Hong Kong will use an emergency ordinance for the first time in more than a half a century in order to ban face masks at public gatherings, according to local media outlets including the South China Morning Post and news channel TVB.
The government will enact the Emergency Regulations Ordinance after a special meeting of the city’s Executive Council on Friday, TVB reported, citing people it didn’t identify. First passed by the British government in 1922 to quell a seamen’s strike in Hong Kong’s harbor, the law was last used by the colonial administration to help put down riots that rocked the trading hub in 1967.
A spokesman for Chief Executive Carrie Lam’s office wasn’t immediately able to comment on the reports when reached by phone Thursday afternoon.
The move would come shortly after a protester was shot in violent demonstrations that once again shook the city on Oct. 1, as President Xi Jinping celebrated 70 years of Communist party rule in Beijing. Some pro-China lawmakers in Hong Kong had called on Wednesday for a ban on wearing masks at public gatherings to stop protesters from hiding their identity from police officers.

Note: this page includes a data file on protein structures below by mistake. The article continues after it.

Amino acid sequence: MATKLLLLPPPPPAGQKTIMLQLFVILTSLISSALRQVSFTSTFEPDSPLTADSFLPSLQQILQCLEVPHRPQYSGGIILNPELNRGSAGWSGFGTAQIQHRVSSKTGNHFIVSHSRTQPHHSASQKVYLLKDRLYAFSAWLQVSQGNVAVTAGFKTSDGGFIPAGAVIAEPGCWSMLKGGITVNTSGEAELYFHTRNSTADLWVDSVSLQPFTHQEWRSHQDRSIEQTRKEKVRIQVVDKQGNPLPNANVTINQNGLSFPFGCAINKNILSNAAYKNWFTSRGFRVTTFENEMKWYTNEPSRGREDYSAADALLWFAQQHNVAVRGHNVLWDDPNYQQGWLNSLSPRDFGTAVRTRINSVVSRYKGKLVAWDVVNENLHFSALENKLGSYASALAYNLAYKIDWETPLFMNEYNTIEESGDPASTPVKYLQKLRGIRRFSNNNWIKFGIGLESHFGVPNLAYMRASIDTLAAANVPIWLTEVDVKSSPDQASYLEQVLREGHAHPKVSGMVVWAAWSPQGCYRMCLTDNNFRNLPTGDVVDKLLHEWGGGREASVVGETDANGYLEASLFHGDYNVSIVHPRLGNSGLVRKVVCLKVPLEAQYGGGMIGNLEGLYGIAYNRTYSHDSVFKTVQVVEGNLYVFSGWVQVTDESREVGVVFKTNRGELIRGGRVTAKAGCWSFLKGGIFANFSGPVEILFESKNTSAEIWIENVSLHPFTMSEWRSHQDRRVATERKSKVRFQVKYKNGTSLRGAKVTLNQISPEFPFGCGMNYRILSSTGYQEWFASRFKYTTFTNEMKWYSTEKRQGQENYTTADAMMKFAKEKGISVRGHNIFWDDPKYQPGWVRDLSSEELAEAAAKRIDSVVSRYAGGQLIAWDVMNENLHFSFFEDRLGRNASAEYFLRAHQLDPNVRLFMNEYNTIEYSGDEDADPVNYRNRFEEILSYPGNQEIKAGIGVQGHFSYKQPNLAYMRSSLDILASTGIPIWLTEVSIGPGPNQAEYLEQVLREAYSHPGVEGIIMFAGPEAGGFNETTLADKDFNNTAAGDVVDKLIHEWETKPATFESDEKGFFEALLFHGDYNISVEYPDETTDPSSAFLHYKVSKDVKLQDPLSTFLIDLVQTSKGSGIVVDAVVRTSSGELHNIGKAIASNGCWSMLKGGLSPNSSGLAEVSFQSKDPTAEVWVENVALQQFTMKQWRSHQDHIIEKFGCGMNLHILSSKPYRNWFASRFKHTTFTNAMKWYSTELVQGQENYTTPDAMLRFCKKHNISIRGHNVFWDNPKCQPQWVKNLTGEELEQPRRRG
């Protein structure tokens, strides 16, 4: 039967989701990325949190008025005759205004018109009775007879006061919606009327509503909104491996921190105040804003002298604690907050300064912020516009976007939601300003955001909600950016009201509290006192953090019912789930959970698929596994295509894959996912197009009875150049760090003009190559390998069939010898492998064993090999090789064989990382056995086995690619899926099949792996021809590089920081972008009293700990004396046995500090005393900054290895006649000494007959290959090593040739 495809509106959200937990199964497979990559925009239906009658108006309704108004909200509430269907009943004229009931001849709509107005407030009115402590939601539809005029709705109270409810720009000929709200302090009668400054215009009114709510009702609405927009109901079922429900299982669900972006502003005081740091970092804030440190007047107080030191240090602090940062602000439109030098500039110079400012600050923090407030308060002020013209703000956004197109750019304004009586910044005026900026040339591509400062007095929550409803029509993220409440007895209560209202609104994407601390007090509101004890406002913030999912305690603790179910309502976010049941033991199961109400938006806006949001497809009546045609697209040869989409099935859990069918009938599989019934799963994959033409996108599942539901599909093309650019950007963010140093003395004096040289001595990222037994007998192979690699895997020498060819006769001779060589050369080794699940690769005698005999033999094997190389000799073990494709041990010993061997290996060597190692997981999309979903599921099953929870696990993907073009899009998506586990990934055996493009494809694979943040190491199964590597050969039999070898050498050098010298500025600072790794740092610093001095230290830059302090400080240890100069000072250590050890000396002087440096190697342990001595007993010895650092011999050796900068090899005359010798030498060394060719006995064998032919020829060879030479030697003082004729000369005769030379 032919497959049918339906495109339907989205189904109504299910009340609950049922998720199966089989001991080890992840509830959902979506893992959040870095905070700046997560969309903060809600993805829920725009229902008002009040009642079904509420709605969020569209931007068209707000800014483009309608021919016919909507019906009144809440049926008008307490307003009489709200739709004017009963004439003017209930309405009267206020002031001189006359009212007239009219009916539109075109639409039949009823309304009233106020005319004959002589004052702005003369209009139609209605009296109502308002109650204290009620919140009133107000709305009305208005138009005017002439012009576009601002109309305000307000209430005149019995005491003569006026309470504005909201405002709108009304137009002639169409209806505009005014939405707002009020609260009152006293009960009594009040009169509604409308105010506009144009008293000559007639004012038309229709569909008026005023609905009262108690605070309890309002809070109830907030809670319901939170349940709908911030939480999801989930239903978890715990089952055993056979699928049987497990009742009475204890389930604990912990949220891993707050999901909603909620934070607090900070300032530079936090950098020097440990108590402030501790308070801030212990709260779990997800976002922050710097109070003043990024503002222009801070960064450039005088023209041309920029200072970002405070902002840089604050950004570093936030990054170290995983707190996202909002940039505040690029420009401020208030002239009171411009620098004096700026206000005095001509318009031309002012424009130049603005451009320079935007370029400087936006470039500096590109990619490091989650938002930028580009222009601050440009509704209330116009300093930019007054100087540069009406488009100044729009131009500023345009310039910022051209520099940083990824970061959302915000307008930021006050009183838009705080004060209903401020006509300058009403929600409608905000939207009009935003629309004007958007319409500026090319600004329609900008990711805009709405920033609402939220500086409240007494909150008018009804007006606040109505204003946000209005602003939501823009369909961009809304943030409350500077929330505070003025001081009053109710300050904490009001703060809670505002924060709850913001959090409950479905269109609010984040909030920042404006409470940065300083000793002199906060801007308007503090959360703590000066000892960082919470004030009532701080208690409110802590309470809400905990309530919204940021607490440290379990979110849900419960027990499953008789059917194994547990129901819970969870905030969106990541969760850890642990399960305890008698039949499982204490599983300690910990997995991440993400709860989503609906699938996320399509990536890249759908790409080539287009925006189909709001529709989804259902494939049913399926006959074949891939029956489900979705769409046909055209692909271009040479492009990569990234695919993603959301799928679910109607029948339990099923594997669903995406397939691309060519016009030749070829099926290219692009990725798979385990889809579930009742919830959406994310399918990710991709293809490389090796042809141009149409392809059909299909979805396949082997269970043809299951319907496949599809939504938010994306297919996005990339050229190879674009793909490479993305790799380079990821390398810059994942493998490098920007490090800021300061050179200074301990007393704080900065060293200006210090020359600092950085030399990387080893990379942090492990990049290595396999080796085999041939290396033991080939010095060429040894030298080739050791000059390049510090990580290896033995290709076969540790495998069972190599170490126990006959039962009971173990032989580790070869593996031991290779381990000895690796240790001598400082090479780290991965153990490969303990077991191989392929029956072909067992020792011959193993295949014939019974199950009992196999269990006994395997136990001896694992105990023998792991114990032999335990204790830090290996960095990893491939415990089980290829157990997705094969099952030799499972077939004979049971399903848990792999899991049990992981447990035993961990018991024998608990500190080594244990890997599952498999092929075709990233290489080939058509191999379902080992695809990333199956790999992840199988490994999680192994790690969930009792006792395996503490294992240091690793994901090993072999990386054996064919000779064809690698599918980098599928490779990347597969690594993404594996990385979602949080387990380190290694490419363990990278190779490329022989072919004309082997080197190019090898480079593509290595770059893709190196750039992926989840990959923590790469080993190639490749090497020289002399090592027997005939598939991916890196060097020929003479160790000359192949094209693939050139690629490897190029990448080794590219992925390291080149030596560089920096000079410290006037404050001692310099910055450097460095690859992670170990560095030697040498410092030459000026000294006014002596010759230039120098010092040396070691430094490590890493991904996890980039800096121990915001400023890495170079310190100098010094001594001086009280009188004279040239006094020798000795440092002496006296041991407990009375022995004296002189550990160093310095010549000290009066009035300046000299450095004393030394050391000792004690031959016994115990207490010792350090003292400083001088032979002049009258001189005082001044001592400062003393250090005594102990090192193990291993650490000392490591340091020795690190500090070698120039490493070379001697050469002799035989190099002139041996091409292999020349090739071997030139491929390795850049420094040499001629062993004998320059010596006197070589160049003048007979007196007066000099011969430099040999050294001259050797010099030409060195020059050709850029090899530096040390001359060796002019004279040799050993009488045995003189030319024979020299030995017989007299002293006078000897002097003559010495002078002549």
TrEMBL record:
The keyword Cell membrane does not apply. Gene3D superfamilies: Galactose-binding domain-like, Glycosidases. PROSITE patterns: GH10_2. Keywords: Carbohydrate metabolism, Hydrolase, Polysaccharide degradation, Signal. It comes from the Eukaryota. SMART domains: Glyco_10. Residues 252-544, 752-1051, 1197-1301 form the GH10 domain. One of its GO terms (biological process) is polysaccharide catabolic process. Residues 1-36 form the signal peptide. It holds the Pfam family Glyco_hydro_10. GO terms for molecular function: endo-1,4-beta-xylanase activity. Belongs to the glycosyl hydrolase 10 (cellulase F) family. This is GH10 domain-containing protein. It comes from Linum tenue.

The government re-evaluated the situation after clashes in multiple districts on National Day, Cable TV reported, citing unidentified sources. Authorities believe the anti-mask law can help restore order, the report said, adding that it would only target occasions like certain rallies and marches. Details were still being studied, it said.
Hong Kong stocks briefly jumped on the reports in afternoon trade, rapidly erasing an earlier decline.
“Now the anti-mask law at least gives investors some hope that it could be a way to cool down the protests,” said Steven Leung, executive director at UOB Kay Hian Hong Kong Ltd. “Some people could be worried about being identified if they can’t wear masks during protests. That’s why we see local shares rallying, such as developers and retailers.”